Plastic: Too Good to Throw Away
Plastics aren’t necessarily bad for the environment; it’s the way we tend to make and use them that’s the problem. It’s estimated that half of the nearly 600 billion pounds of plastics produced each year go into single-use products.
Compared with an adult, a fetus might respond to a chemical at “onehundred-fold less concentration or more, and, when you take the chemical away, the body is nonetheless altered for life.” And not just for the child’s life, but maybe her children’s lives, too. “Inside the fetus are germ cells that are developing that are going to be the sperm and oocytes for the next generation, so you’re actually exposing the mother, the baby, and the baby’s kids, possibly,” says Heindel.
These problems rarely present themselves in the kind of time span that would make it easy to draw clear lines between toxins and their effects. Infants may seem fine at birth but carry within them a heightened sensitivity to hormones and hormone-like chemicals only revealed later in life, often in puberty, when endocrine systems go into hyperdrive. This increases the adolescent’s or adult’s chances of falling ill, getting fat, or becoming infertile.
Under the Toxic Substances Control Act (TSCA), the U.S. law that regulates chemicals in commerce, it's entirely permissible to launch a new material into high-volume production without disclosing its precise chemical identity or any information about its toxicity. This makes it impossible for the public to assess product safety independently of manufacturer claims. And currently, despite EPA and FDA policies that support "safe" alternatives to a chemical of concern like BPA, neither federal agency conducts safety testing of new materials destined for consumer products before they come on the market.
About 15% of American girls now begin puberty by age 7. . . Early puberty increases girls' odds of depression, drinking, drug use, eating disorders, behavioral problems and attempted suicide, according to the 2007 report. When these girls grow up, they face a higher risk of breast and uterine cancers, likely because they're exposed to estrogen for a longer period of time. . .
A variety of chemicals — found in everything from pesticides to flame retardants and perfume — can interfere with the hormone system, Herman-Giddens says. For example, chemicals used to soften plastic, called phthalates, can act like hormones. In a small study of 76 girls in Puerto Rico, researchers found that 68% of girls who went through early puberty had been highly exposed to phthalates, compared with only 3% of girls developing normally.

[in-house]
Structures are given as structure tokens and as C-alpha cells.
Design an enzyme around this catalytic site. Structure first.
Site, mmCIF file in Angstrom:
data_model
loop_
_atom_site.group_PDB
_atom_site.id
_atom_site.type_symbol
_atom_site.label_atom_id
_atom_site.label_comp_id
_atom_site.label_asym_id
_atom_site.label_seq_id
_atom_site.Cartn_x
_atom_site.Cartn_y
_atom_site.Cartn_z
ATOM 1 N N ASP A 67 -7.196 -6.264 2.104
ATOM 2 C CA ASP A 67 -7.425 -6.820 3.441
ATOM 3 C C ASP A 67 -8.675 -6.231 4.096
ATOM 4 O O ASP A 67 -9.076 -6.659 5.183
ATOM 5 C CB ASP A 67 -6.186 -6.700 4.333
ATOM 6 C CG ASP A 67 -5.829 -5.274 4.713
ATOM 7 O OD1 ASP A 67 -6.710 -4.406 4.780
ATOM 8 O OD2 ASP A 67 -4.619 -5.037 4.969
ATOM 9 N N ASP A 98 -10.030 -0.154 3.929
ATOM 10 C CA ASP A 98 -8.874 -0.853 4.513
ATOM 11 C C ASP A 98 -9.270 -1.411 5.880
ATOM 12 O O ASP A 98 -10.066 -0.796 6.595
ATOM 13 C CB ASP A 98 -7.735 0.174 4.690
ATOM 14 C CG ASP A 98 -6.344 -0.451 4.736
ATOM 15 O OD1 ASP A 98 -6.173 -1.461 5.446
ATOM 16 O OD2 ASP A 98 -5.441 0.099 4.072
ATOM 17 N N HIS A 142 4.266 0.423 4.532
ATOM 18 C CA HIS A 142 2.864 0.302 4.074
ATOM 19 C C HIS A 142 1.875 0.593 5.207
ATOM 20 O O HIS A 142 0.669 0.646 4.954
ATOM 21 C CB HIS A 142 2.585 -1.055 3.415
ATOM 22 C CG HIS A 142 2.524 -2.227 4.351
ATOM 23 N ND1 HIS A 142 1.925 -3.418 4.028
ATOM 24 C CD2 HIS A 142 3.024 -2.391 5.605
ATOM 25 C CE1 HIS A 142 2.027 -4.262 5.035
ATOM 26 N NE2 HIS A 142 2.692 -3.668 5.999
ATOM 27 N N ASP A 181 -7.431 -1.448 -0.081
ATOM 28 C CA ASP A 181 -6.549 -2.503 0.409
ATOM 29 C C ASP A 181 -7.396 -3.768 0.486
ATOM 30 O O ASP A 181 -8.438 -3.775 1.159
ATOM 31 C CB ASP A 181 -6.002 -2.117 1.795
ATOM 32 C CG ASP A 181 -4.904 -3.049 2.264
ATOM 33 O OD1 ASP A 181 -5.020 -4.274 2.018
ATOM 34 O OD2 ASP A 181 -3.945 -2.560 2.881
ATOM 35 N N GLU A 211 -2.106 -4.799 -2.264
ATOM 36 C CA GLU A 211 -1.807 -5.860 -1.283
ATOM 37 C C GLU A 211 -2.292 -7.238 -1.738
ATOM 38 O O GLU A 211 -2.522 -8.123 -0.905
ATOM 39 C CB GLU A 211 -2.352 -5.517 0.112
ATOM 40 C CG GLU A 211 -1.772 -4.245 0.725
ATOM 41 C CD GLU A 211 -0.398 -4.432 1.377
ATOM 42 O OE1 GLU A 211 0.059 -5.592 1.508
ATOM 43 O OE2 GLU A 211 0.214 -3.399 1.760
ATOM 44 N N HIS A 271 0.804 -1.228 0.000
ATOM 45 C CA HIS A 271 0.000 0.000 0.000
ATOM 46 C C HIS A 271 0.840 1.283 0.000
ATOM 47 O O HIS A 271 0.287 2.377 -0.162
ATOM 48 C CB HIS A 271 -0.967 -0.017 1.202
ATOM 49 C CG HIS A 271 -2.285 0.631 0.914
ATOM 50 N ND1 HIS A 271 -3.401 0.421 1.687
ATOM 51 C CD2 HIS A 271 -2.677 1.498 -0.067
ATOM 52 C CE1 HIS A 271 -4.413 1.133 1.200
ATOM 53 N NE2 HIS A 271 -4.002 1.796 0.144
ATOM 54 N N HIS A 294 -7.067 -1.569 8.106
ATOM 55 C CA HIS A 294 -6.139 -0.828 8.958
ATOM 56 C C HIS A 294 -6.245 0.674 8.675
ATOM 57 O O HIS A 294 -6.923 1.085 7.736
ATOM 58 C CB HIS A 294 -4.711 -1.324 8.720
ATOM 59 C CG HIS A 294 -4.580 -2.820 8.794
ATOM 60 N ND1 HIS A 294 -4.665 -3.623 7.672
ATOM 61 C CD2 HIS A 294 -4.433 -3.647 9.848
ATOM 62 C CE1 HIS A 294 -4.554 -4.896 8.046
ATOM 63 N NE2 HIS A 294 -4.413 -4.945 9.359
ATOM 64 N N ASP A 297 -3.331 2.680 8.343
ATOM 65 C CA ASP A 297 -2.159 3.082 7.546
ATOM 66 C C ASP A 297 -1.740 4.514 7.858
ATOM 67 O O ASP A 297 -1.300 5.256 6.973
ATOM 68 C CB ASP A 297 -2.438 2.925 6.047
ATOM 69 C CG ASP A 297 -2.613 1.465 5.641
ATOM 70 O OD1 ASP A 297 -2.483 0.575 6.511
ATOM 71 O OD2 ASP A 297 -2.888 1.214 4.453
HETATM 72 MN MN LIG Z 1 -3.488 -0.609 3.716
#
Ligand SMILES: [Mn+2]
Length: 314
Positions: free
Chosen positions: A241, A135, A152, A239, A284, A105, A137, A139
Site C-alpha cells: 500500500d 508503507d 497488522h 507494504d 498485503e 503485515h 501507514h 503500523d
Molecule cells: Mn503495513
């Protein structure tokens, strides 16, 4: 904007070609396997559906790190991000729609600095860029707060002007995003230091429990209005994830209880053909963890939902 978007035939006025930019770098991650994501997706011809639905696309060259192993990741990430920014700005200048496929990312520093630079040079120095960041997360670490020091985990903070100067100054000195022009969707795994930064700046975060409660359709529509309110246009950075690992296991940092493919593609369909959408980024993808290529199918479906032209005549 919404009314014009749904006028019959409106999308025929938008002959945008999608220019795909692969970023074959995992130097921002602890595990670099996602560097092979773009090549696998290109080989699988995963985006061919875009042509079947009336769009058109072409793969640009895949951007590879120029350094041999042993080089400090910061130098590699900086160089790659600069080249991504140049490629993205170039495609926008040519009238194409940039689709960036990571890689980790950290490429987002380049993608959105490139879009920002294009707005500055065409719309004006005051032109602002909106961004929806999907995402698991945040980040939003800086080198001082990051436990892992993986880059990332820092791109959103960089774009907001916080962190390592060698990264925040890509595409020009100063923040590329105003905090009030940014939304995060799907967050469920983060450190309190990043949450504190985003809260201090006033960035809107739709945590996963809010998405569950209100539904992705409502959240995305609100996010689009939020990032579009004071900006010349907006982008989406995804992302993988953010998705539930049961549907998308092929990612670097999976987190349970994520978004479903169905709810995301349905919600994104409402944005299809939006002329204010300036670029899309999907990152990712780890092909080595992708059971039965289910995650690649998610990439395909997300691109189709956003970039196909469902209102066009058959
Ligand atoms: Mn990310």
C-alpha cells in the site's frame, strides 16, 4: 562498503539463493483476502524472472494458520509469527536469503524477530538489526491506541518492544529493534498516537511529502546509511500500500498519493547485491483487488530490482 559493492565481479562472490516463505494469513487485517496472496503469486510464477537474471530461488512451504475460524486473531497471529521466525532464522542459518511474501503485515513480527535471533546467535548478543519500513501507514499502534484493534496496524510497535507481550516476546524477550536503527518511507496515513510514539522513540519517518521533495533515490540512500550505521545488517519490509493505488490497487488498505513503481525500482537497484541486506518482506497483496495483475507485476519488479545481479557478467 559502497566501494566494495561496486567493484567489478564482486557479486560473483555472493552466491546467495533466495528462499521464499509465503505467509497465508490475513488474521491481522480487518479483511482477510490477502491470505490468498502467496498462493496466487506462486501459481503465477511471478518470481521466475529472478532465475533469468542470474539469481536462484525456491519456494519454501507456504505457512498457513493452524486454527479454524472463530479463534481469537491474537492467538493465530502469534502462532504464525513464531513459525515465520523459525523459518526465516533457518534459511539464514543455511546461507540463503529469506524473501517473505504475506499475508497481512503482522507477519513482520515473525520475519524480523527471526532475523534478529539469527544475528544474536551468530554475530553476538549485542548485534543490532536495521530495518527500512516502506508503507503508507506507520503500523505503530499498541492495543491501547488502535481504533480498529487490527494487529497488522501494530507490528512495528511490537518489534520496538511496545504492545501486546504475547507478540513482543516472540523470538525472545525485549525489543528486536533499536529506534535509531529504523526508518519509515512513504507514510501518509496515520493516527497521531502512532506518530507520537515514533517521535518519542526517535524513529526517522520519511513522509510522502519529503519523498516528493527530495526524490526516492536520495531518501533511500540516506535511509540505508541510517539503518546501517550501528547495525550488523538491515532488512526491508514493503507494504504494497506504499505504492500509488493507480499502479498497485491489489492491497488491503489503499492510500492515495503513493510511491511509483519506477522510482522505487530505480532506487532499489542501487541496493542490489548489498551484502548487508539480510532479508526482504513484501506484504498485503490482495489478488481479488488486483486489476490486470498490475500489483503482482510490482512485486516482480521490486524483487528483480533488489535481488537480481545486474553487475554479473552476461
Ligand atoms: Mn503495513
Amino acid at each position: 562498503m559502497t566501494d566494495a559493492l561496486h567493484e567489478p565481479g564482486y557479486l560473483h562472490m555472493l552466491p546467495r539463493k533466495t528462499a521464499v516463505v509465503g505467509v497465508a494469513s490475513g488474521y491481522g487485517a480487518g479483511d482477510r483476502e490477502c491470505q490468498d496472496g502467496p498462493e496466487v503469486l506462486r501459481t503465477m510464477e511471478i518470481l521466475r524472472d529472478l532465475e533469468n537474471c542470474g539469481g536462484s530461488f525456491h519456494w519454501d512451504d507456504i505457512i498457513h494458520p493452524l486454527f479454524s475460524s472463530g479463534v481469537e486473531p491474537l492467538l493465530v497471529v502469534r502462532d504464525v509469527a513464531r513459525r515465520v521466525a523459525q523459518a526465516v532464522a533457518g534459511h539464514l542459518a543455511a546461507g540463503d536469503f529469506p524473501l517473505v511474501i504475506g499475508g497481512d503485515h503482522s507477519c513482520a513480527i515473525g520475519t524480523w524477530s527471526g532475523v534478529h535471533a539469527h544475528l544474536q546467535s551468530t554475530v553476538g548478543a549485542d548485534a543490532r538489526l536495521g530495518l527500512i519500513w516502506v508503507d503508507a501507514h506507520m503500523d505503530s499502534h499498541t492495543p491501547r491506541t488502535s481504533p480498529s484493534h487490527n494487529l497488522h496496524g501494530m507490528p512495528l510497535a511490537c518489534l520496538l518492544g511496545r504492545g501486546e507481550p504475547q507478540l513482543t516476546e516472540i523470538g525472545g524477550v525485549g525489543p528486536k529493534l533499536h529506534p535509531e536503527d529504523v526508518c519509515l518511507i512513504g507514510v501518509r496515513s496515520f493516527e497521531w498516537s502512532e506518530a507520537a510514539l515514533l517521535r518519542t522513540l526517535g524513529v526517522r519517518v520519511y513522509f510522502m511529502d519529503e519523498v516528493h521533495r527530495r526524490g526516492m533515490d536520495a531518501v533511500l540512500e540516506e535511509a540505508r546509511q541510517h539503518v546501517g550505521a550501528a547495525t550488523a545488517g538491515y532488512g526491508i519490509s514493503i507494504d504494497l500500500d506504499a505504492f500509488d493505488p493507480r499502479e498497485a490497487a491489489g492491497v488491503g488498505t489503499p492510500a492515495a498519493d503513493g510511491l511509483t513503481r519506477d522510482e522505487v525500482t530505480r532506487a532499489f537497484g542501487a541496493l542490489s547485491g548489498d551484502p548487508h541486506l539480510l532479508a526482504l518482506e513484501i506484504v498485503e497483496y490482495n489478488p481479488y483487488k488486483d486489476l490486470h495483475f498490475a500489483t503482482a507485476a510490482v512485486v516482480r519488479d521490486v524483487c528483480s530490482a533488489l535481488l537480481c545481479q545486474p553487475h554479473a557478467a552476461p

Want a free reusable straw and the knowledge that you’re making a difference? Read on…[Note from Eco-novice: My Plastic-Free Life also has an awesome giveaway for Klean Kanteen's new plastic-free Reflect water bottle.]
"For the first time, we know how much of our meat and poultry is contaminated with antibiotic-resistant Staph, and it is substantial [nearly half of all meat sampled was contaminated]," said study senior author Lance B. Price, director of TGen's Center for Food Microbiology and Environmental Health.
"The fact that drug-resistant S. aureus was so prevalent, and likely came from the food animals themselves, is troubling, and demands attention to how antibiotics are used in food-animal production today," he added.
In kitchens across this country, eight dyes, currently being used by manufacturers, can be found in everything from packaged macaroni and cheese to breakfast cereal to practically every piece of candy your child has ever put in his or her mouth. Links are being found to hyperactivity in kids (ADHD), cancer and serious food allergies.
But here is the truly crazy thing. Kraft, Coca Cola and Wal-Mart have already removed these artificial food colors and dyes from the same products that they distribute in other countries. They did it in response to consumer demand and an extraordinary study called the Southampton Study.
The best way to combat diet-related diseases is to change what we eat. And if our thinking is along the lines of diet improved = deficit reduced, so much the better. If a better diet were to result only in a 10 percent decrease in heart disease (way lower than Ludwig believes possible), that’s $100 billion project savings per year by 2030.
I'm sitting alone at a small table in Cafe de Flore drinking the best hot chocolate ever. All the outdoor tables are filled, so I'm inside with a view of the entire restaurant. The waiters are weaving in and out of the narrow paths as they deliver coffee, tea, and take orders. All the chairs and tables are arranged facing the street for optimal people watching. The people sitting in the cafe look so relaxed, it's as if they are watching TV. Most of the people have drinks on their table. They are not reading a book, working on their laptops, or even talking to the person they came to the cafe with.
Help raise awareness about cloth diapers while helping set a Guinness world record, if you are into that kind of thing.